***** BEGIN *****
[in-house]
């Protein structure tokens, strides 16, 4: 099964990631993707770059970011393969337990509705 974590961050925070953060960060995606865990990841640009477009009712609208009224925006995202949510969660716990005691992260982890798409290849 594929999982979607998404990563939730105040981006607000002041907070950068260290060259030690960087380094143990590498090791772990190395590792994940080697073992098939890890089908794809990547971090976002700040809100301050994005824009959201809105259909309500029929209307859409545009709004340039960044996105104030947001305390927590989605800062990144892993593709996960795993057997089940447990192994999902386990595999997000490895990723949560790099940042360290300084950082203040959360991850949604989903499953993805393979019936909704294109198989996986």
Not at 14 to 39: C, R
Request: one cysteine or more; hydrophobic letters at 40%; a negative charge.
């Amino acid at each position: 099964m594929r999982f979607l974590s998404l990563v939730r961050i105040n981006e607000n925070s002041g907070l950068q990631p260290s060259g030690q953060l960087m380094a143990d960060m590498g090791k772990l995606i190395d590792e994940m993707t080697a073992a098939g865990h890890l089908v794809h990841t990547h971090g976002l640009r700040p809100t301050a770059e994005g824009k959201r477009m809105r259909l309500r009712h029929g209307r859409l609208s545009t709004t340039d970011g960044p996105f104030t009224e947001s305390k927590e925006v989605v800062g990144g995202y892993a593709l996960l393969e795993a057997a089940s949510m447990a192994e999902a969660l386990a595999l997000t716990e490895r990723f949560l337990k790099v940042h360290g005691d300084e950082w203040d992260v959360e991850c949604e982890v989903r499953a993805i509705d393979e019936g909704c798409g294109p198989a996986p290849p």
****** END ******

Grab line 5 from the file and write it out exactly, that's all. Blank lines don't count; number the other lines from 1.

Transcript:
């Amino acid at each position: 099964m594929r999982f979607l974590s998404l990563v939730r961050i105040n981006e607000n925070s002041g907070l950068q990631p260290s060259g030690q953060l960087m380094a143990d960060m590498g090791k772990l995606i190395d590792e994940m993707t080697a073992a098939g865990h890890l089908v794809h990841t990547h971090g976002l640009r700040p809100t301050a770059e994005g824009k959201r477009m809105r259909l309500r009712h029929g209307r859409l609208s545009t709004t340039d970011g960044p996105f104030t009224e947001s305390k927590e925006v989605v800062g990144g995202y892993a593709l996960l393969e795993a057997a089940s949510m447990a192994e999902a969660l386990a595999l997000t716990e490895r990723f949560l337990k790099v940042h360290g005691d300084e950082w203040d992260v959360e991850c949604e982890v989903r499953a993805i509705d393979e019936g909704c798409g294109p198989a996986p290849p």